According to recent comments to the Tech Buzz China by Pandaily podcast, Shanghai-based analyst Richard Turrin said that China’s digital renminbi, or e-CNY, “allows for digital payment to become an integral part of society and built more deeply in society than the credit cards and payment systems that [people outside China] are used to today.”

Up till now, the digital renminbi has only been used in limited trial settings for Chinese mainland citizens. The Olympics closed loop offers the perfect controlled scenario to bring the e-CNY to international users.

It’s not yet clear how popular China’s digital currency has been among overseas visitors. In many key bubble venues, such as the main media center, visitors have had to choose between three payment options: Visa, cash or the e-CNY.

An official from the People’s Bank of China has said recently that the e-CNY has been used for roughly 2 million yuan ($316,190) in combined daily transactions within the closed loop, although no user demographic breakdown has been revealed just yet. According to initial reports from inside the bubble, it does not appear to have been a popular option among foreigners.

Prepping for Gameday in Zero Gravity Beds

U.S. athlete Summer Britcher replying to comments comparing the beds at Beijing 2022 to those in Tokyo last year (Image: TikTok/@summerbritcher)

If goals for the e-CNY’s globalization fall short of expectations, closed loop management organizers can point to other areas of success. Following debunked rumors of “anti-sex” cardboard beds used to limit the spread of Covid-19 at the 2021 Tokyo Summer Olympics, those at the Beijing Winter Games have been a smash hit.

Much of the buzz surrounding the athletes’ smart beds pertains to their mysterious “zero-gravity” mode, which purportedly reduces pressure on all muscles and joints to achieve the utmost relaxation.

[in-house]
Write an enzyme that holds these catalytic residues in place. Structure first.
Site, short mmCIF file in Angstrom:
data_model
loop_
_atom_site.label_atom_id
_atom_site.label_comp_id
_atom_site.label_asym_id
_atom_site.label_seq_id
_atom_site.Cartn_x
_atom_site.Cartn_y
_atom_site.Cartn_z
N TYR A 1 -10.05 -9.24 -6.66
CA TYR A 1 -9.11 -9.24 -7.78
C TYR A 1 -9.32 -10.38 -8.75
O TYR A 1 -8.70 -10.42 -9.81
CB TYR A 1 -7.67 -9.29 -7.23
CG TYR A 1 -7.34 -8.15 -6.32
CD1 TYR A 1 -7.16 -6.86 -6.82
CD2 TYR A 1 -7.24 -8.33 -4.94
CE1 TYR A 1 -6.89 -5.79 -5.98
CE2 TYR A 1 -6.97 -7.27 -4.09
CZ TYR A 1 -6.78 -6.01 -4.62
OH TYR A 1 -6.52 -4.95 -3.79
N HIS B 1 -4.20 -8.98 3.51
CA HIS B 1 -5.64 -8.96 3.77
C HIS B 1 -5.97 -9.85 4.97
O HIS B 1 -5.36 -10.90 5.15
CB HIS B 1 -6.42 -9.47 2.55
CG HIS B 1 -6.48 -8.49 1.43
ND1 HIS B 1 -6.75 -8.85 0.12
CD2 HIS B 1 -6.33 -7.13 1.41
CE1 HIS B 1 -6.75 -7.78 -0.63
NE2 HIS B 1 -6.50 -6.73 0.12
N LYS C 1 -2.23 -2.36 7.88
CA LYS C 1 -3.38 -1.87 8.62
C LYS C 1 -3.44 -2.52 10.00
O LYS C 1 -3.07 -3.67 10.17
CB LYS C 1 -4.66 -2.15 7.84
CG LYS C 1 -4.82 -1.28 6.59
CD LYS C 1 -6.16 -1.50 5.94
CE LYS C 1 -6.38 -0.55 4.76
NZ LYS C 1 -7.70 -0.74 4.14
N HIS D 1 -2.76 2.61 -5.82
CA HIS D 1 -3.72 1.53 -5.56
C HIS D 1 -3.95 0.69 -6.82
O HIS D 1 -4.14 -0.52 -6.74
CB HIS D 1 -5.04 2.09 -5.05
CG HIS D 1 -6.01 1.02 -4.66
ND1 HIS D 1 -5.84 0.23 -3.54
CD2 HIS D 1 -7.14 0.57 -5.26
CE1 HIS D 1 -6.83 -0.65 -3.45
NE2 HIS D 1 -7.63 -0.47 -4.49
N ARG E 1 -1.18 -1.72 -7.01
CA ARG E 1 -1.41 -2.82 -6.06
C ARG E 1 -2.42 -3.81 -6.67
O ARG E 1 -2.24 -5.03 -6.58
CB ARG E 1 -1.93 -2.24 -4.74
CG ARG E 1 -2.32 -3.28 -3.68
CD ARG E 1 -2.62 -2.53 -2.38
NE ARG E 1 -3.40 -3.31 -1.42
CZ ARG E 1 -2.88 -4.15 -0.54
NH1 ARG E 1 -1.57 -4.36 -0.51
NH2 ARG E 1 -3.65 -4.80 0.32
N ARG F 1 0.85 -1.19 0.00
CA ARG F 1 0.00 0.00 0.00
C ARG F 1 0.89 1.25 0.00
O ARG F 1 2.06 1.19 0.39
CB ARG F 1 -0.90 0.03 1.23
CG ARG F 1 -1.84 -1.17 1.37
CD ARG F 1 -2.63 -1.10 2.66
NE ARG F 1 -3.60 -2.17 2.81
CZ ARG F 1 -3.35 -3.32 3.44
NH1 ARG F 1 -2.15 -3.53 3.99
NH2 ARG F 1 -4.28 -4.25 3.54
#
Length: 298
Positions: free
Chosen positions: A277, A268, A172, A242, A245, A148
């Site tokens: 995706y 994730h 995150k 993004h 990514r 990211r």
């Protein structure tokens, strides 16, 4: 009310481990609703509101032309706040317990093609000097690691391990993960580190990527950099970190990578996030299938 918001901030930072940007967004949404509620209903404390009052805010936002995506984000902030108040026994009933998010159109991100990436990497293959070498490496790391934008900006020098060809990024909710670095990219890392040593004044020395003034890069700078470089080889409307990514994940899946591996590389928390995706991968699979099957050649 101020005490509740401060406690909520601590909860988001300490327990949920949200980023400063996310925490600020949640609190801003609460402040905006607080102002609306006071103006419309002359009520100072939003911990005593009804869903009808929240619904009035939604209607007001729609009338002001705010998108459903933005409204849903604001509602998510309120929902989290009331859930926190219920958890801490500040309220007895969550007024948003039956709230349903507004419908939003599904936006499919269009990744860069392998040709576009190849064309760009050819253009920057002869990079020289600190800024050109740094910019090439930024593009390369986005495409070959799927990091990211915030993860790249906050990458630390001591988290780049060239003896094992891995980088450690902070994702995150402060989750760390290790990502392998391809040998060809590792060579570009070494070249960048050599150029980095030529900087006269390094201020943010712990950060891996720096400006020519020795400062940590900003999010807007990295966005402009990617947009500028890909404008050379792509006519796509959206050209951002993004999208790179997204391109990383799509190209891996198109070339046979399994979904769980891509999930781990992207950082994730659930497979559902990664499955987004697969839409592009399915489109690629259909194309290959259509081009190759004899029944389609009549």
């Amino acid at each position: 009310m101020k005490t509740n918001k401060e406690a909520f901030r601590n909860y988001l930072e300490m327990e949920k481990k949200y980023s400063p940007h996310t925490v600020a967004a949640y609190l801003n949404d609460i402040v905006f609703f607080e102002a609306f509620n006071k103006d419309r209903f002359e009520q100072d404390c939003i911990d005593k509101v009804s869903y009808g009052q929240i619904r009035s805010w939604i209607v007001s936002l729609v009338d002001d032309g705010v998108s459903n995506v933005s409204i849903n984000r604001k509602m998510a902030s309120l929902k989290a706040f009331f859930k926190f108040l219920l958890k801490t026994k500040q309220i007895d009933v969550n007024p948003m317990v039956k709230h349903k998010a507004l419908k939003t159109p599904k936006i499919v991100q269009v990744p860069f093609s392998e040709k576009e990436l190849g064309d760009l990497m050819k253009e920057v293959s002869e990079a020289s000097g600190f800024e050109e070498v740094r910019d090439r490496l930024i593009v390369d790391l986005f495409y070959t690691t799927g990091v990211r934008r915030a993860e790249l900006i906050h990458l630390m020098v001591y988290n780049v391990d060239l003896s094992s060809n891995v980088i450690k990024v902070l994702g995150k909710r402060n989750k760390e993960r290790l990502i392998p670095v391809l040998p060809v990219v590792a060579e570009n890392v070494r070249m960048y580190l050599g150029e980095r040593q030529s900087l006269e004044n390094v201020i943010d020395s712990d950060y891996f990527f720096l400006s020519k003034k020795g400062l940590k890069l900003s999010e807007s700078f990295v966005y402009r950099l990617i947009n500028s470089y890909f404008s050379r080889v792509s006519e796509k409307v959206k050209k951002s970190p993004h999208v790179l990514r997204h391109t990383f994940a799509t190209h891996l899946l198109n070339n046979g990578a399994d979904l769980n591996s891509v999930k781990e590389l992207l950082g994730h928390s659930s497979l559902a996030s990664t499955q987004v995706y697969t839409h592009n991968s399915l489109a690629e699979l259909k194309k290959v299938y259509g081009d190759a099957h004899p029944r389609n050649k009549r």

In a recent interview, the general manager of Qisheng Technologies – the official smart bed supplier for the 2022 Winter Olympics – revealed that the zero gravity function aims to emulate the feeling of an astronaut by raising the head by 15° and the feet by 35°.

U.S. Olympian Summer Britcher posted a widely shared video to TikTok, claiming: “I’m in zero-G mode now – it’s phenomenal!”

A Snowy Oasis

Children practice skiing at a ski resort in Luquan District in Shijiazhuang, north China’s Hebei Province, February 17, 2021. (Image: Xinhua)

Although sufficiently cold in winter months, Beijing’s arid climate means that the snow used for competition venues in the bubble is 100% artificial. Recent Winter Games have not lagged far behind – according to USA Today, the rate for Pyeongchang 2018 was 98% while Sochi in 2014 came in at 80%.

Providing all the snowmaking equipment for this year’s Beijing Olympics is TechnoAlpin, an Italian firm which holds a 60% share of the global market. In efforts to offset the unsustainable nature of producing a wintry wonderland in the middle of a dry zone, officials have also announced intentions to plant 47,333 hectares of forest.

In order to meet demand for the ice used in various indoor events, while keeping an eye on concerns over the Games’ potential environmental impact, organizers in Beijing have enlisted the help of technology that has reportedly never been used at the Olympics.

Transcritical carbon dioxide direct cooling technology is reportedly the safest, most affordable and least energy-consuming method for producing artificial ice. Adoption of this technology aligns with Beijing’s goal of presenting itself as a global leader in the fight against climate change.